There are, as of right now, thirteen days left in my querying cycle for Memories of the Dead, and after that, there are no further queries to be made, sent, or probably ever receive a response from those to whom I sent it. That day will mark the end of PLAN A, and the beginning of PLAN B, which I've informed you all about prior.
The thing is, I'm sort of happy to see the second phase of my devious master plan come into focus. The queries I've sent out haven't got the attention needed--probably my fault, as queries do, in fact, suck a whole lot; and I find them actually harder to write than the actual novel--and that's the thing, the whole query process, being broken and all, is all there is and I--just like everyone else--have to "like it or lump it." I get to "lump it," it seems. Frankly, I think everyone "lumps it" since nobody likes queries: they are the bane of all authors.
It's bittersweet, really. I like the story, others seem to as well, the readers I have all think it's "worth something" (define that as you will), but apparently I've managed to make something that isn't quite within my reach of ability to market successfully. That's the real bummer. I can write a book, some 68 thousand words long, but can't manage to craft a sales-blurb of less than 250 words that seems to hook an agent. I just don't "think" in those small of terms when I write, sadly. It's a skill I don't have, but appreciate immensely.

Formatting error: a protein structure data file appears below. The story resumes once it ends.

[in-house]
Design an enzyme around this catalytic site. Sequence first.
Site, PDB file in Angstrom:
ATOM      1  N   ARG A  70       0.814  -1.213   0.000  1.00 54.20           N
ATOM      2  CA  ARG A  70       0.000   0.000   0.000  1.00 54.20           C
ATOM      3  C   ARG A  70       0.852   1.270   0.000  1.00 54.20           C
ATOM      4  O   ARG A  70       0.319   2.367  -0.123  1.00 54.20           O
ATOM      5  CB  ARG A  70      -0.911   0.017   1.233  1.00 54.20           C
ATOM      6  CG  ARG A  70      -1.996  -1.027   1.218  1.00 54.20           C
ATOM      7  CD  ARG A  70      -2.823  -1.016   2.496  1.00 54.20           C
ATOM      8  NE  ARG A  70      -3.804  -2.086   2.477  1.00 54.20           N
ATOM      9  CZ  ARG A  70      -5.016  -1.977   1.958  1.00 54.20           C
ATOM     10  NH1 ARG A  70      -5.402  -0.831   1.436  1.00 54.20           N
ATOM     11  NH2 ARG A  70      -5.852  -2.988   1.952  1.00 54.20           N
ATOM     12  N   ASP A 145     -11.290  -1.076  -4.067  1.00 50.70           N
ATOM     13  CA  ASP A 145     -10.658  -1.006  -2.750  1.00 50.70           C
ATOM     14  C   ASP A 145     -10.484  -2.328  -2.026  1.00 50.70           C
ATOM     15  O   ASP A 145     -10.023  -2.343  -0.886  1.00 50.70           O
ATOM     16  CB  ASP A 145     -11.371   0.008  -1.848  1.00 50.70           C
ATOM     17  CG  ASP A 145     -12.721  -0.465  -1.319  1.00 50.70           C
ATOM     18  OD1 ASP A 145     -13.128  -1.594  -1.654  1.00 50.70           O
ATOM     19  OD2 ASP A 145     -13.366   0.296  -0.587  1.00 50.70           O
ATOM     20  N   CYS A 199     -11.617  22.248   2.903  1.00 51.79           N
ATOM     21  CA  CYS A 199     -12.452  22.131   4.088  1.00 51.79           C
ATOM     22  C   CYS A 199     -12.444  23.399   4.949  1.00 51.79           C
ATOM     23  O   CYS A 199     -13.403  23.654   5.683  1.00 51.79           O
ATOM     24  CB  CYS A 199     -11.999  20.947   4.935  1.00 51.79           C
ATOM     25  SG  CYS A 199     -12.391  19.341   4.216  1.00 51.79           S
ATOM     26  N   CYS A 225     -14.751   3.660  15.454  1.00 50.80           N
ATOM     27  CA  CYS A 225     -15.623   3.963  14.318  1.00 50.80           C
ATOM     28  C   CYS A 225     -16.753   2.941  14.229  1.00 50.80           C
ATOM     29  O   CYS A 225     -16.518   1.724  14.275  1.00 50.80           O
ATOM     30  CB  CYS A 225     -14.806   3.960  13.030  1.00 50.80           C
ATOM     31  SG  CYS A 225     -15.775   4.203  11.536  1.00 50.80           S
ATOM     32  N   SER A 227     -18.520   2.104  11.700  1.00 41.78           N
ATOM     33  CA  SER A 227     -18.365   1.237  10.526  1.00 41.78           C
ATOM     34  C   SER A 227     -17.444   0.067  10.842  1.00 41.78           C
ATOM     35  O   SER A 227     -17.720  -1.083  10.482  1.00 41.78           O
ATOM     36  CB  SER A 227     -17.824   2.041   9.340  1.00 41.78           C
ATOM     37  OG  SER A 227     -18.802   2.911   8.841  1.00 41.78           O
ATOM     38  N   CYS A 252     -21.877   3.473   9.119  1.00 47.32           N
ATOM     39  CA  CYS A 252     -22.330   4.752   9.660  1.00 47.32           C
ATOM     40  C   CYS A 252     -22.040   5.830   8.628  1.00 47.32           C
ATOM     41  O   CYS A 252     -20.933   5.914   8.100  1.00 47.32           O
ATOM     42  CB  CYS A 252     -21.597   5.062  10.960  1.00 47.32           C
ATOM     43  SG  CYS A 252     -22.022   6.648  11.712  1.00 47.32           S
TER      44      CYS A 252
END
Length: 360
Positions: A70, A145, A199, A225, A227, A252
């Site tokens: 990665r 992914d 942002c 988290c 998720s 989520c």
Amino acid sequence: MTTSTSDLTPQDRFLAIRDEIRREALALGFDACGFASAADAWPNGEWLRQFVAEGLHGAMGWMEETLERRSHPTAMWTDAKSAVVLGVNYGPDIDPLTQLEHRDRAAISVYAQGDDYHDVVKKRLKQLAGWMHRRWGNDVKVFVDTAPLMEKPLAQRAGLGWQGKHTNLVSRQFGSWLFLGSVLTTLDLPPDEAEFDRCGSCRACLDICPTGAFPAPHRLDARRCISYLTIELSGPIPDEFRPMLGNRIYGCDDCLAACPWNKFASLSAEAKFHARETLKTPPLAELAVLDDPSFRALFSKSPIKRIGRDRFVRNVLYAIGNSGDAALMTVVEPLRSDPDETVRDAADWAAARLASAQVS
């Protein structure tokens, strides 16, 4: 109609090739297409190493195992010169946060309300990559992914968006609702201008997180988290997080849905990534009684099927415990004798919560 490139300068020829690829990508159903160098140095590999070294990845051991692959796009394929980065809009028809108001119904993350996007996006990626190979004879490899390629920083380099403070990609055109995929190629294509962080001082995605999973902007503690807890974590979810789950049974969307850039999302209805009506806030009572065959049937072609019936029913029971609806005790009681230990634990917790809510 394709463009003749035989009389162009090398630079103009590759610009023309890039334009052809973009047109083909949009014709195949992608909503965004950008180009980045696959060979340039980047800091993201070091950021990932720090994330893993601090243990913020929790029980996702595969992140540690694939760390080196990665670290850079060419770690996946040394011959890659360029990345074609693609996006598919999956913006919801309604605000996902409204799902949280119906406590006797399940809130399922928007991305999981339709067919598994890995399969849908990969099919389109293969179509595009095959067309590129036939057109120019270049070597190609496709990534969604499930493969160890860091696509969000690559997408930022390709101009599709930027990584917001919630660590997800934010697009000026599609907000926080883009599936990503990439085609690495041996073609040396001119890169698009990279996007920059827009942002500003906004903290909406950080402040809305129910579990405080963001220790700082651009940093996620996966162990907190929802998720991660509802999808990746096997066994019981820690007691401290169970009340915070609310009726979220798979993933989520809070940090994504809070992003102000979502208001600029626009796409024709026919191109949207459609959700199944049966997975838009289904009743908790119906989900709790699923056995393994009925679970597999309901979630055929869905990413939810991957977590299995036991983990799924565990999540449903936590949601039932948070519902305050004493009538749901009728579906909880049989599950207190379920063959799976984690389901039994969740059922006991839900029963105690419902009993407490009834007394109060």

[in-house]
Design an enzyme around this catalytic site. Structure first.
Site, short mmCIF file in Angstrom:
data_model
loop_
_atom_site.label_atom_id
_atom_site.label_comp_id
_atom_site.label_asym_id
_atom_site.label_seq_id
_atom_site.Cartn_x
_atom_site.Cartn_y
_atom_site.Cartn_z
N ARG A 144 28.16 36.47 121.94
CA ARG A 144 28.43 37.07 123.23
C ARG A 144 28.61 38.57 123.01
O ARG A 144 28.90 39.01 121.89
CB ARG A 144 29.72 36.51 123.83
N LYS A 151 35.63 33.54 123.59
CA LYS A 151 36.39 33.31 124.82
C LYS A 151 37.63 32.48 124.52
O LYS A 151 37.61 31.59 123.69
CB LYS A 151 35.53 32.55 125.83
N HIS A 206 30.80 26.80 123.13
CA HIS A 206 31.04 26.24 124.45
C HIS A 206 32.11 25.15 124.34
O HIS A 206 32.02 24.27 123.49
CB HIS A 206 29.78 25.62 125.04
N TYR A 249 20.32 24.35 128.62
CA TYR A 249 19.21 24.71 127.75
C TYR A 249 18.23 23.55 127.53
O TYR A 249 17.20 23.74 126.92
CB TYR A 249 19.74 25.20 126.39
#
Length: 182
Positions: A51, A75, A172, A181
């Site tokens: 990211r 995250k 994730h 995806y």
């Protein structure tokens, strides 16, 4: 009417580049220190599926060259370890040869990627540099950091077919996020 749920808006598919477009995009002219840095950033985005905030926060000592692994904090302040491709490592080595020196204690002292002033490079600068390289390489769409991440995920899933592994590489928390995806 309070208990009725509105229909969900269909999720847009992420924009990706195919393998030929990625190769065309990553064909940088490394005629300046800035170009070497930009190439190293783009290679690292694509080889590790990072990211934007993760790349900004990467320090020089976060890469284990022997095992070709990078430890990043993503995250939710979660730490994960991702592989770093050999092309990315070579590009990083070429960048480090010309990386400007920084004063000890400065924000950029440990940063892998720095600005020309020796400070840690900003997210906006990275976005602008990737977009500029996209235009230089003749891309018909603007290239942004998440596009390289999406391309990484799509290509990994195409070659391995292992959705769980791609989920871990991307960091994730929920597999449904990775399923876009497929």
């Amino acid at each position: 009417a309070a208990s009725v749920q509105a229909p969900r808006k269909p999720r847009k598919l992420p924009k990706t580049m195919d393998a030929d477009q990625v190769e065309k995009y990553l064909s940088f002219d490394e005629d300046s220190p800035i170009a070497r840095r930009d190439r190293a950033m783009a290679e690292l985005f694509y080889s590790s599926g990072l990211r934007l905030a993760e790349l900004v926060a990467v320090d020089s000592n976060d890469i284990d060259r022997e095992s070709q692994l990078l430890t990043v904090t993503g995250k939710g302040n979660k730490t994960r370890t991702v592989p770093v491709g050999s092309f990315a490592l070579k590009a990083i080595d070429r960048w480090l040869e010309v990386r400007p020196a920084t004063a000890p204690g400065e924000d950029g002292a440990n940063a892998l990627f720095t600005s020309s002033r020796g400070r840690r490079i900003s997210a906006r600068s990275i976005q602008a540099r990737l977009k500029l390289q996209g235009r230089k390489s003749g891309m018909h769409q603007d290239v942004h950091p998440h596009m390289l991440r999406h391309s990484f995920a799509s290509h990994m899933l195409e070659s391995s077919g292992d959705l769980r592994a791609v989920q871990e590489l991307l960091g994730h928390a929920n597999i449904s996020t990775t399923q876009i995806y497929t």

Along the way, I've received good feedback from agents--well, the ones that bothered to write something other than a form letter rejection--they use words like "compelling," "interesting," and "intriguing." But even those positive words from their own lips was not enough to get them to ask for a full; although I did manage to snag one who requested a partial (50 pages).
Even getting this far is no easy feat. When I started out, it seemed to me that the story would be no more than about 5000 words, I guessed at the time. But before I knew it, there were multiples of that sitting there before me, and the tale wasn't even done being told. The lesson I learned is, I am not good at guessing length when I'm envisioning a story.
I'm very happy to say, "I wrote that!" Even if others might question it's worth or value. Not everyone can say that they've written a book--many plan on doing so, but fewer still complete the journey even once. I can take some comfort in that. And now, I'm well on my way to book number two, MINIMAL--perhaps the querying for it will be less troublesome. We'll see.
But I digress (terribly so, it seems), in less than two weeks, the journey that is Memories of the Dead will change course and head down untested waters to tributaries unknown. What will I find there? Perhaps nothing; but perhaps something will be there, in that undiscovered vista, that makes the entire trek all the more worth while.